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Startup Academy Celebrates its First Graduating Class

Twelve Lehigh students immersed in Silicon Valley honed their entrepreneurial skill sets and mindsets as part of Startup Academy, a new collaboration between the Lehigh@NasdaqCenter and the College of Business and Economics. Startup Academy celebrated its first graduating class at a ceremony Thursday at the Nasdaq Entrepreneurial Center in San Francisco.

For 10 weeks over the summer, the students gained practical experience by interning with one of six early to mid-stage startups in the San Francisco Bay area:

Krome Photos, which allows for photos to be edited at any time and place
Wexus Technologies, which helps farms save money, energy and water through its technology
Topia, which enables services to manage global talent
StudyBlue, which built a learning app that creates digital flashcards and quizzes
Buzzboard, which leverages data science to help marketers and sellers at small and medium businesses understand when customers want to engage
Homebase, which makes employee scheduling, timesheets, time clock and hiring easier with software.

The students also enhanced their learning at the Lehigh@NasdaqCenter, where they took a course taught by Silicon Valley tech executive Tom Gillis ’15P ’17P ’19P and Lehigh Professor of Practice in Management Joshua Ehrig. Mentors provided additional guidance and coaching.

“The students pushed themselves beyond their comfort zones and thrived in this vibrant, unique innovation ecosystem, as they experienced the messy, exciting realities of a startup,” said Lehigh President John D. Simon at the ceremony. “They are graduating today with a deeper understanding of their own goals as they plan for meaningful professional lives.”

Startup Academy bridged the academic and the professional, with Lehigh students being exposed to startups’ inner workings. The students worked in pairs alongside the company founders on specific projects, including market research, data analysis and global market expansion strategies, said Samantha Dewalt, managing director of the Lehigh@NasdaqCenter.

“We had some incredible stories come out of this summer,” she said. StudyBlue was acquired by Chegg for $20.8 million, and Krome Photos celebrated a successful $2.3 million seed-funding round. “It was pretty exciting for the students to experience these critical milestones in a startup’s journey.”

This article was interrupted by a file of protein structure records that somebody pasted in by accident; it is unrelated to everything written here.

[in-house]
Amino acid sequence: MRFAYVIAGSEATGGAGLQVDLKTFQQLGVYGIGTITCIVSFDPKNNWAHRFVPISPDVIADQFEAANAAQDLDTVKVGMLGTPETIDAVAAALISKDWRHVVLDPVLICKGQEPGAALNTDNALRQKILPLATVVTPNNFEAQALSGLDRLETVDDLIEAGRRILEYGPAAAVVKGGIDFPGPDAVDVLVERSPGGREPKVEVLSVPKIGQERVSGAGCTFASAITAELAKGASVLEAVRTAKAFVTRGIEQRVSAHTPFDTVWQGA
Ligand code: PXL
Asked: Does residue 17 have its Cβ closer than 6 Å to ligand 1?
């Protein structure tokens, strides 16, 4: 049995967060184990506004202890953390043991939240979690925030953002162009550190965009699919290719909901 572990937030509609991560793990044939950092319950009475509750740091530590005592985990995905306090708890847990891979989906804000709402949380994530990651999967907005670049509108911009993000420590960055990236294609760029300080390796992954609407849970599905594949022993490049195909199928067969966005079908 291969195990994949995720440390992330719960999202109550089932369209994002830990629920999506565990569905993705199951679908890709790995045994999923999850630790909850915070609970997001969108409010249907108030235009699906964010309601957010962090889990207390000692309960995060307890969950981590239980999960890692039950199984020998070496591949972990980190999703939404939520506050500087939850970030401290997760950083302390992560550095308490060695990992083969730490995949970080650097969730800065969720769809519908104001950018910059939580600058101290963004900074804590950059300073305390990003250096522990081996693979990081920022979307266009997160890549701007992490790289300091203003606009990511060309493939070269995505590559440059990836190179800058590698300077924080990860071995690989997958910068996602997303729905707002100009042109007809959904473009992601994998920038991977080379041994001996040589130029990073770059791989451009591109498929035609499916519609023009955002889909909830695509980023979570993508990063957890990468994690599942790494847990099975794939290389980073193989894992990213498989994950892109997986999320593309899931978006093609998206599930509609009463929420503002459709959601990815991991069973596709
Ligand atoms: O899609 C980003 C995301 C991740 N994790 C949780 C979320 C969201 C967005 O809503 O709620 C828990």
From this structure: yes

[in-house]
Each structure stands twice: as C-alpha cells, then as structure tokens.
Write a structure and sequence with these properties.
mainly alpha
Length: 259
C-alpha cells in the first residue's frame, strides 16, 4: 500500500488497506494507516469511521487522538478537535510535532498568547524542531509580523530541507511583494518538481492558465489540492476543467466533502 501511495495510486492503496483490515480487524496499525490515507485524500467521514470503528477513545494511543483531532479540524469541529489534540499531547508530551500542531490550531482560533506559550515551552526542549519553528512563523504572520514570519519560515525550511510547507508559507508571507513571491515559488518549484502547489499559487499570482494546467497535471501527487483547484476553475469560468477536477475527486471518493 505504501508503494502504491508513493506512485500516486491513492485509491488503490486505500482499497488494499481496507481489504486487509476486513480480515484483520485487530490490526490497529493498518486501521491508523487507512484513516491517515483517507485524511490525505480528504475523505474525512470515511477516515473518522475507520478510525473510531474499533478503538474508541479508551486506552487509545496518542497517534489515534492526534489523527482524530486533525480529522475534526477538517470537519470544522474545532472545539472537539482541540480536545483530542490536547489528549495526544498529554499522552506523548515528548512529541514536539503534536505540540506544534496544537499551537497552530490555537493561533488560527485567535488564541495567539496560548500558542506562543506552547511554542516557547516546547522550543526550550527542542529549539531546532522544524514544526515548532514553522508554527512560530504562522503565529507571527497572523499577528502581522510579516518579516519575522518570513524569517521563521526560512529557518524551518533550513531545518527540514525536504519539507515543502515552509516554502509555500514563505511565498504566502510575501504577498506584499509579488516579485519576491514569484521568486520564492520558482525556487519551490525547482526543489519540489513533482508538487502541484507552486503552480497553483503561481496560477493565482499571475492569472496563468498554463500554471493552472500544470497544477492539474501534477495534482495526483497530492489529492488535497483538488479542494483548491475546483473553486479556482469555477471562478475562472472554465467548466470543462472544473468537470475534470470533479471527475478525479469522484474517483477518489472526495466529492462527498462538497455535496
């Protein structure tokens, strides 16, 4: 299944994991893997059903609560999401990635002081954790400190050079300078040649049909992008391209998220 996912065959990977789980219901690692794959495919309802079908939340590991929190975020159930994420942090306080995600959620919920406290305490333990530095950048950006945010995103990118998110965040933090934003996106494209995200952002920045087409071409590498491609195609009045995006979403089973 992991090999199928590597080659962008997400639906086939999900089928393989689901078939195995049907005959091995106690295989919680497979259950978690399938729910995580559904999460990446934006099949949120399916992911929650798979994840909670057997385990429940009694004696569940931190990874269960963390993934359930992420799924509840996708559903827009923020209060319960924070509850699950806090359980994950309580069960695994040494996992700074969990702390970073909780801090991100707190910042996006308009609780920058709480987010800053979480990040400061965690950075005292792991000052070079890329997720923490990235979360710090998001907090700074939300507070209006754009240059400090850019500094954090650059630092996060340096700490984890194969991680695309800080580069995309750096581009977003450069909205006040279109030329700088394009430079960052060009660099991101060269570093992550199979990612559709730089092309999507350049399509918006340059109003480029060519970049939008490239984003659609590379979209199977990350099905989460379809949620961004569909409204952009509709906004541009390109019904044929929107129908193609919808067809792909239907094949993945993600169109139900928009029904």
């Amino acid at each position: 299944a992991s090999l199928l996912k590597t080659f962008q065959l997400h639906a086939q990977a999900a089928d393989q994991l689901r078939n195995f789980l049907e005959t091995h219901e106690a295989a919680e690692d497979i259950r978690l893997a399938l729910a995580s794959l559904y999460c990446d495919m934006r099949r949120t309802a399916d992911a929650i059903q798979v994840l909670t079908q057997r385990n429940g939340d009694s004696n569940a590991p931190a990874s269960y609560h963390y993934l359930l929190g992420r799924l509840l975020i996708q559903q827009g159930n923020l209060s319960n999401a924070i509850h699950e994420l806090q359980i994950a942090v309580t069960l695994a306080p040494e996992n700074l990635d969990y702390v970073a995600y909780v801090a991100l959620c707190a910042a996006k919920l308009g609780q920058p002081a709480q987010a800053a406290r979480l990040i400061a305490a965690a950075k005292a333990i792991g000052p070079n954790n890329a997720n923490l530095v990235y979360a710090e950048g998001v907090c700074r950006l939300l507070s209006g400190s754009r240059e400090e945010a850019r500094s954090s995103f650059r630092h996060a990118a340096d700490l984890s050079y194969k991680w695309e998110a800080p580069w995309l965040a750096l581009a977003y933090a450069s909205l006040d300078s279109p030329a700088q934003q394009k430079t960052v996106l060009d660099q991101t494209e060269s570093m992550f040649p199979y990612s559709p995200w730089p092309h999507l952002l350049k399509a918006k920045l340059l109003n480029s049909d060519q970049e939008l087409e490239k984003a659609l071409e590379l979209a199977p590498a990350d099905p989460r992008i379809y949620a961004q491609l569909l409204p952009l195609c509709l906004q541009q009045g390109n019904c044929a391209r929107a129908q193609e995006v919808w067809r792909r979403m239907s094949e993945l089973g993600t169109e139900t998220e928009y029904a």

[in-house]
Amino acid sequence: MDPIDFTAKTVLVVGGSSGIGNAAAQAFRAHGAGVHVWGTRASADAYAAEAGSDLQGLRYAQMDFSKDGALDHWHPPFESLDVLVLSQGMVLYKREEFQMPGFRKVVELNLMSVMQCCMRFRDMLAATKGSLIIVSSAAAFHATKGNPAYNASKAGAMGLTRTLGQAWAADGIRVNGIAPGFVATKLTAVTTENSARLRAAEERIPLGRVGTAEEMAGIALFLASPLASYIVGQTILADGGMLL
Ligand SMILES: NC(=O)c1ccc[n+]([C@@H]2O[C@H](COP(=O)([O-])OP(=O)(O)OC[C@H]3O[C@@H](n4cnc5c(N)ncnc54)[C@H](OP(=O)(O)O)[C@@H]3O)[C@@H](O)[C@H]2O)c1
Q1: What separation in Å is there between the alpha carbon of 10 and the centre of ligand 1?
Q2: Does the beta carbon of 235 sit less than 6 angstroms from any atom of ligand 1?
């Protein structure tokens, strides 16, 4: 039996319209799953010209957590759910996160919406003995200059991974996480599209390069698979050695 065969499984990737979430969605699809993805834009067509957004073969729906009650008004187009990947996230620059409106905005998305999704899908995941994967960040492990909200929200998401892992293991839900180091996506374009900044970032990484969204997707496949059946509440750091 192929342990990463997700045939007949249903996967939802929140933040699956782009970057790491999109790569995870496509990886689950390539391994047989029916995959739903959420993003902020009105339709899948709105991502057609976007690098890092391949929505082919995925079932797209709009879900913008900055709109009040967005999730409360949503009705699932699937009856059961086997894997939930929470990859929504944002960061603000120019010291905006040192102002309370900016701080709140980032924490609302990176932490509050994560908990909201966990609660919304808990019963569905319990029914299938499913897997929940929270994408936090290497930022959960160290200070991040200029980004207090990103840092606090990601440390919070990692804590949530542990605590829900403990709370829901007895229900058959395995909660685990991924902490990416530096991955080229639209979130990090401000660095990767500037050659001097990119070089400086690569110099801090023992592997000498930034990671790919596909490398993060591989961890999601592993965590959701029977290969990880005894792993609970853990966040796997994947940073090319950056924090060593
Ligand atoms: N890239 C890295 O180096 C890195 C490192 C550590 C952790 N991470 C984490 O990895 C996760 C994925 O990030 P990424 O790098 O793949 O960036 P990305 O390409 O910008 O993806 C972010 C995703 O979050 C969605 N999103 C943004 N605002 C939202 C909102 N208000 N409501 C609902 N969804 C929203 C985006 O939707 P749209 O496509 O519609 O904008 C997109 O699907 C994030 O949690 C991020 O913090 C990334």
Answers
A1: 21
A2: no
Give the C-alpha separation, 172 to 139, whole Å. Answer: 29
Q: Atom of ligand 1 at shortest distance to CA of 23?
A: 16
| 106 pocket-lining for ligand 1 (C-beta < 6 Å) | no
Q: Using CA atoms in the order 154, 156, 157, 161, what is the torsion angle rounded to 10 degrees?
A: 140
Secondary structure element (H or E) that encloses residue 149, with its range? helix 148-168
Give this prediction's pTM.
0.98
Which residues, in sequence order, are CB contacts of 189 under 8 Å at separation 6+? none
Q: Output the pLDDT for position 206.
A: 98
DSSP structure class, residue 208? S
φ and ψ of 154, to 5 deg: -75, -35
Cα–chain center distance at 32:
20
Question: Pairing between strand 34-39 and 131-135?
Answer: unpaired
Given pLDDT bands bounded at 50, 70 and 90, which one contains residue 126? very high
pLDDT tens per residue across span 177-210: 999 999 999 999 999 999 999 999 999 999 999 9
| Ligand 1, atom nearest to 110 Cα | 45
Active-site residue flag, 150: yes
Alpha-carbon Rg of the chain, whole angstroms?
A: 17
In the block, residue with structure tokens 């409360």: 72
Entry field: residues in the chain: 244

Dewalt said three students will continue working with their startups when they return to campus for the fall 2018 semester.

Georgette Phillips, the Kevin L. and Lisa A. Clayton Dean of the College of Business and Economics, said, “The goal of this program was to create a pathway for our business students to expand their horizons to the West Coast startup environment. We are thrilled with the life-changing experience and career opportunities afforded by the Startup Academy.”

The Lehigh@NasdaqCenter, a partnership between the Nasdaq Entrepreneurial Center and Lehigh University, launched in January 2017 with the mission of educating, connecting and inspiring the next generation of entrepreneurs and innovators. Since then, Lehigh@NasdaqCenter has served more than 400 students and engaged more than 250 alumni through educational programs, mentorship and events.

“The partnership with Lehigh University is a unique public/private partnership which has catalyzed programs like Startup Academy where we’re co-designing immersive learning experiences to support talent development for students, founders and their growing organizations,” said Bruce Aust, vice chairman of Nasdaq and president of the Nasdaq Entrepreneurial Center.

In his remarks Thursday, Simon said, “The Nasdaq Center and Lehigh believe entrepreneurship is best taught by engaging in creative problem-solving that addresses genuine challenges faced by real-world businesses. And that’s exactly what happened here this summer.”

Nicola Corzine, executive director of Nasdaq Entrepreneurial Center, thanked both the students and the startups for their participation.

“This summer, we saw six incredible companies welcome new talent, student talent,” Corzine said. “For many of these companies, the Lehigh students were the first intern talent integrated into their growing companies. And for most, without this program and the support of Lehigh University, a summer project-based internship would not have been possible.”

In turn, she told the founders, “What you have offered these students is the opportunity to see the real working innards of startups as they’re growing—the velocity of quick pivots, momentum gained from early wins, putting learnings into quick action and at times survival. This experience is not something that shiny media headlines or large-scale organizations are able to teach.”

Corzine and Simon also thanked Dean Phillips, without whom, Corzine said, “this program could never have been dreamed up.”
 
With the success of the pilot program, the Lehigh@NasdaqCenter will look to share the experience with students across Lehigh’s four colleges.

Said Simon: “This network of startup and student talent, working together, is the fuel that drives the problem-solvers, change-makers and leaders who are making our world a better place.”
 

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Students gained practical experience by interning with one of six early to mid-stage startups in the San Francisco Bay area. Photo: Sarah Gerber

Dean Georgette Phillips, at left, and Lehigh President John D. Simon, at right, with the first graduating class of Startup Academy.

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